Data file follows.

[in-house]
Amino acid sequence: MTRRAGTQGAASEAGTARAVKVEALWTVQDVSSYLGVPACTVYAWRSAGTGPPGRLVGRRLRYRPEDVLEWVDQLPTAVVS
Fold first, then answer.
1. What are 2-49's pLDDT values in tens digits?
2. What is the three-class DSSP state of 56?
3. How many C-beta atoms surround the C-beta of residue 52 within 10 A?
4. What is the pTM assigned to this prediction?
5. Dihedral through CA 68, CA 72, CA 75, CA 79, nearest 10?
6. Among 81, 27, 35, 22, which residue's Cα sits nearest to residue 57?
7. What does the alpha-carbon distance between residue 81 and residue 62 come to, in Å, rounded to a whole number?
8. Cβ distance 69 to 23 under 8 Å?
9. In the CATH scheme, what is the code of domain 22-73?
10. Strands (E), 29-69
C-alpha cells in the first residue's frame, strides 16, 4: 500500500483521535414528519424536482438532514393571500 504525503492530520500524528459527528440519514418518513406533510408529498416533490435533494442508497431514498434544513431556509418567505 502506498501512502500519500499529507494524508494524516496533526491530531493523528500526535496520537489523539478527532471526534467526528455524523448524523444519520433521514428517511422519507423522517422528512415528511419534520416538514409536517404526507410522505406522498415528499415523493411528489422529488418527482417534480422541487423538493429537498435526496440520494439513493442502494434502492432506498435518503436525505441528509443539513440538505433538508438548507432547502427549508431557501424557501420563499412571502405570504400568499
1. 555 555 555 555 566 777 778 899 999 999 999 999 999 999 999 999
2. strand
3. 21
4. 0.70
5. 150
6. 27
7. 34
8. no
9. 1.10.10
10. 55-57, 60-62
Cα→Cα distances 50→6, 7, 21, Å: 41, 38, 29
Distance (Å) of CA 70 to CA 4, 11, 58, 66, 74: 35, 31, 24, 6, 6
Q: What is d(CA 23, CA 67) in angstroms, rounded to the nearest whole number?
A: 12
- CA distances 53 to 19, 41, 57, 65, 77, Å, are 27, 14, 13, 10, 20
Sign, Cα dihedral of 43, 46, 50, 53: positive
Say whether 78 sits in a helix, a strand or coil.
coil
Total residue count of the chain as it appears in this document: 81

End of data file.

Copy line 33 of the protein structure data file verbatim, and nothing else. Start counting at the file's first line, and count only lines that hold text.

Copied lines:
Total residue count of the chain as it appears in this document: 81